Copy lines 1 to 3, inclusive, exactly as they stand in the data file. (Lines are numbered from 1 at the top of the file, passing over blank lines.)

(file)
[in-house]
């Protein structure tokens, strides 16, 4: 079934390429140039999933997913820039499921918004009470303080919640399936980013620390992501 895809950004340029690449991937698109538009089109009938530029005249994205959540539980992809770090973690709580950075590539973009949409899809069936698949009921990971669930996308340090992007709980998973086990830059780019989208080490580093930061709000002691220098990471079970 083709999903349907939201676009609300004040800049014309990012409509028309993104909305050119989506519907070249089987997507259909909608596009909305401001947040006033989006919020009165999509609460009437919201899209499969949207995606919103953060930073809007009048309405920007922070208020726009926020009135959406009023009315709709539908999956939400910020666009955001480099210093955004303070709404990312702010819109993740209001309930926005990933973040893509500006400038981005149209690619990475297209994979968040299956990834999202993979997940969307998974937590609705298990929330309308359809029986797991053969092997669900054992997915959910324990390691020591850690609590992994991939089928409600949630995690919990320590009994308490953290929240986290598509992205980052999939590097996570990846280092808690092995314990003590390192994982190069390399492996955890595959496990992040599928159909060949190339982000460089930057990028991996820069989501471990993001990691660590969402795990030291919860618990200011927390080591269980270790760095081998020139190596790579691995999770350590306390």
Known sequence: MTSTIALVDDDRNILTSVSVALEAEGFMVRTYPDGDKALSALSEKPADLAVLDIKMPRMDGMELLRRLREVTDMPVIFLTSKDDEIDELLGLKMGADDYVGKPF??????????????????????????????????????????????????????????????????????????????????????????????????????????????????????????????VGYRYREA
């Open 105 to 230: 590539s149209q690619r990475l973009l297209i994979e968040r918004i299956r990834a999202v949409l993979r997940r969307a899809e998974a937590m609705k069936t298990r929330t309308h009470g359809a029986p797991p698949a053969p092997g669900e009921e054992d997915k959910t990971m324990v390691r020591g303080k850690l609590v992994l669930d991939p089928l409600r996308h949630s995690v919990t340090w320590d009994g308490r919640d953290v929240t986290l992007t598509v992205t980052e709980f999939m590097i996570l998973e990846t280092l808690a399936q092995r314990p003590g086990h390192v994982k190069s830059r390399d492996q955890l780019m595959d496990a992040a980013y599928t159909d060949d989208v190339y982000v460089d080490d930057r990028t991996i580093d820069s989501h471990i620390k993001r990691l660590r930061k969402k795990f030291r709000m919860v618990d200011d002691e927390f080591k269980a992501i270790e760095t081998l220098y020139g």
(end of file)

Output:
[in-house]
């Protein structure tokens, strides 16, 4: 079934390429140039999933997913820039499921918004009470303080919640399936980013620390992501 895809950004340029690449991937698109538009089109009938530029005249994205959540539980992809770090973690709580950075590539973009949409899809069936698949009921990971669930996308340090992007709980998973086990830059780019989208080490580093930061709000002691220098990471079970 083709999903349907939201676009609300004040800049014309990012409509028309993104909305050119989506519907070249089987997507259909909608596009909305401001947040006033989006919020009165999509609460009437919201899209499969949207995606919103953060930073809007009048309405920007922070208020726009926020009135959406009023009315709709539908999956939400910020666009955001480099210093955004303070709404990312702010819109993740209001309930926005990933973040893509500006400038981005149209690619990475297209994979968040299956990834999202993979997940969307998974937590609705298990929330309308359809029986797991053969092997669900054992997915959910324990390691020591850690609590992994991939089928409600949630995690919990320590009994308490953290929240986290598509992205980052999939590097996570990846280092808690092995314990003590390192994982190069390399492996955890595959496990992040599928159909060949190339982000460089930057990028991996820069989501471990993001990691660590969402795990030291919860618990200011927390080591269980270790760095081998020139190596790579691995999770350590306390």
Known sequence: MTSTIALVDDDRNILTSVSVALEAEGFMVRTYPDGDKALSALSEKPADLAVLDIKMPRMDGMELLRRLREVTDMPVIFLTSKDDEIDELLGLKMGADDYVGKPF??????????????????????????????????????????????????????????????????????????????????????????????????????????????????????????????VGYRYREA